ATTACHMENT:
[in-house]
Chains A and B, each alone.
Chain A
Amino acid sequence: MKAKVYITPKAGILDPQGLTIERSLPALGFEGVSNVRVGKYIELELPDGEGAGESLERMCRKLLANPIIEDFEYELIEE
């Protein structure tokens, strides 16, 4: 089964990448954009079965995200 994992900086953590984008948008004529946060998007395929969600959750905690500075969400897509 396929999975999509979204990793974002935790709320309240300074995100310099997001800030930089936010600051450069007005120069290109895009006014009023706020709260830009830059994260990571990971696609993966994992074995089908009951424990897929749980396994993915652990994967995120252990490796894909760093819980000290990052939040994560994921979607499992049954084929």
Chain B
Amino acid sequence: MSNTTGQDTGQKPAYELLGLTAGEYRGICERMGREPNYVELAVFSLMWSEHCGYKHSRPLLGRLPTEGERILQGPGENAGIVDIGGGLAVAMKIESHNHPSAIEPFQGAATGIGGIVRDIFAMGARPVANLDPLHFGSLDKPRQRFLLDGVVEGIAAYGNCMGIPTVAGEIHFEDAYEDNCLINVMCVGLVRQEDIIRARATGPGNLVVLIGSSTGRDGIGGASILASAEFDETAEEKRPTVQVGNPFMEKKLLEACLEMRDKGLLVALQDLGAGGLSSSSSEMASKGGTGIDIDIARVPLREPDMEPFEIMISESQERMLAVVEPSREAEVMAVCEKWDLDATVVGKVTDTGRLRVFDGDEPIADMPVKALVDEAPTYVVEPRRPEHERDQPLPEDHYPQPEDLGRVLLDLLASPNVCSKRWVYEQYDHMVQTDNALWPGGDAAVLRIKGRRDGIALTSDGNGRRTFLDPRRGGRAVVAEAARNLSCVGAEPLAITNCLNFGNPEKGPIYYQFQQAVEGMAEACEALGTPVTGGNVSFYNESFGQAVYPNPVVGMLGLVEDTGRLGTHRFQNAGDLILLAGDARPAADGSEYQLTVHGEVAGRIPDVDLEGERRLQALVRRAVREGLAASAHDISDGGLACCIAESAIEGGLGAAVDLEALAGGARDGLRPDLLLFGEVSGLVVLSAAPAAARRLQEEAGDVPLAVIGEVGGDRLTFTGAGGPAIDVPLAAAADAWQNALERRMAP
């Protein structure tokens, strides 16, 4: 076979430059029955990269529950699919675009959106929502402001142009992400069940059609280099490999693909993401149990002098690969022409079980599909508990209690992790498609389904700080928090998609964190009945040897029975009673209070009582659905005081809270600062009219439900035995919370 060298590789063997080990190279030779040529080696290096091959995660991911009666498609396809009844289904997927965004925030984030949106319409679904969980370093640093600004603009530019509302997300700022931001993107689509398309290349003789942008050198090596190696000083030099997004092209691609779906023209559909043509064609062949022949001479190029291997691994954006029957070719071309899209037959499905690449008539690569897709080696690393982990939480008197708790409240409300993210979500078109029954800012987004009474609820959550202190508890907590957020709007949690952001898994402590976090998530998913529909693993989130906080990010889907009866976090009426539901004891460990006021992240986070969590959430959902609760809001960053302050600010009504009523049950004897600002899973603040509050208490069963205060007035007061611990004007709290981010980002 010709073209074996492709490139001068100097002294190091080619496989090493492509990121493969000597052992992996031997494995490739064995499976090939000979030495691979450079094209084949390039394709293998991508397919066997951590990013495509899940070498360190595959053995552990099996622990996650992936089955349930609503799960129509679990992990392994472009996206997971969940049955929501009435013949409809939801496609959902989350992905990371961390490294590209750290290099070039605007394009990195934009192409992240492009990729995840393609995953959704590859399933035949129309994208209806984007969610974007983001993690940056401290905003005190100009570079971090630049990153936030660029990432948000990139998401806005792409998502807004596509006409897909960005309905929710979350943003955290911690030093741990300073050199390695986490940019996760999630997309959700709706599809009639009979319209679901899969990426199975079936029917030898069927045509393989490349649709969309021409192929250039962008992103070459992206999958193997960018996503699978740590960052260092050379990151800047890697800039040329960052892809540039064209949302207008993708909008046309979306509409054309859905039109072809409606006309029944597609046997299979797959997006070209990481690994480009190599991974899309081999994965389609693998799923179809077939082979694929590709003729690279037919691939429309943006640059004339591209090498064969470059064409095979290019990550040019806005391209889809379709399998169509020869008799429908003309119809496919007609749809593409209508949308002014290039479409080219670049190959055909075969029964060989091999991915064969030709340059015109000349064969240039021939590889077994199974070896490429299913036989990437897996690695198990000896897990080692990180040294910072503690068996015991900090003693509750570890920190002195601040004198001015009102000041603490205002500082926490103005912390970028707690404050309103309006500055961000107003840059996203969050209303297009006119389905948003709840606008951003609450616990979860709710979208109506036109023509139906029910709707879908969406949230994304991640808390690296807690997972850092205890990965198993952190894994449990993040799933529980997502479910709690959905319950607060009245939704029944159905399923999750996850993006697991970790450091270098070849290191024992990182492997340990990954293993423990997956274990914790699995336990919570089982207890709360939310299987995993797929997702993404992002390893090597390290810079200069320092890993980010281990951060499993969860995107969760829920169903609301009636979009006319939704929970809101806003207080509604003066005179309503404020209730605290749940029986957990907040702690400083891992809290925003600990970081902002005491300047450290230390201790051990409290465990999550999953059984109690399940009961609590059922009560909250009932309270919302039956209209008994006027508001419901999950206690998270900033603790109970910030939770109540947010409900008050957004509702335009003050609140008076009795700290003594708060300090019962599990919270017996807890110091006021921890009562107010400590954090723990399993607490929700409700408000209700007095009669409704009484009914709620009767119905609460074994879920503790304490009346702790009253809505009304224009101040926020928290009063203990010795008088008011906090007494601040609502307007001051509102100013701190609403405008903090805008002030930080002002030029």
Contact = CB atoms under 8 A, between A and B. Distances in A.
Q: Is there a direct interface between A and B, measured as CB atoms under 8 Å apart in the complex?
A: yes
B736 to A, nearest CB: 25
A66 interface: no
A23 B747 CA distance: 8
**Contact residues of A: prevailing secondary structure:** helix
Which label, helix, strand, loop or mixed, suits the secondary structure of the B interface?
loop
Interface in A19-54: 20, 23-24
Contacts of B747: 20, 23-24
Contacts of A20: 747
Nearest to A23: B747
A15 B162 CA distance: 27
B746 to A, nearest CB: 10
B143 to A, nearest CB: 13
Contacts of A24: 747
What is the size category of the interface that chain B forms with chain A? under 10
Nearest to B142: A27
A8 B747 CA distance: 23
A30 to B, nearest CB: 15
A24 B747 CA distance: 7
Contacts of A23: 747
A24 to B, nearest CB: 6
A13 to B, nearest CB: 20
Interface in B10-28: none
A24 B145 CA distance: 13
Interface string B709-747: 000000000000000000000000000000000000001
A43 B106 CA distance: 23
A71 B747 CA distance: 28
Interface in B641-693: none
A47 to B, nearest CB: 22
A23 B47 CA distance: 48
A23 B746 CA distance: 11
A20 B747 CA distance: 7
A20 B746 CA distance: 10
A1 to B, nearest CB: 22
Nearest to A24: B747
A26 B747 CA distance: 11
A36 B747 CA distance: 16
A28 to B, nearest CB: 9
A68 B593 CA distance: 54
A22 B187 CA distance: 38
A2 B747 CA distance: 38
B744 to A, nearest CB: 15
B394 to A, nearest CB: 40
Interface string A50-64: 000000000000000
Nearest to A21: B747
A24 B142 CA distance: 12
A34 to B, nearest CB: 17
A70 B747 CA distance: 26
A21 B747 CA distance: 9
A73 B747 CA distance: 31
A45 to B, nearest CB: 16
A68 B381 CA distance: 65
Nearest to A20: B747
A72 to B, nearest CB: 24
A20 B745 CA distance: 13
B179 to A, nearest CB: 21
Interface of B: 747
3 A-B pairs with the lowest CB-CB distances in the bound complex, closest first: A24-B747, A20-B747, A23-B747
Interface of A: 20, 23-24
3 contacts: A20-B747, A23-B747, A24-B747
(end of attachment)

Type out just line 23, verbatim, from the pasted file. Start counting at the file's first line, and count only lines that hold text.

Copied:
B746 to A, nearest CB: 10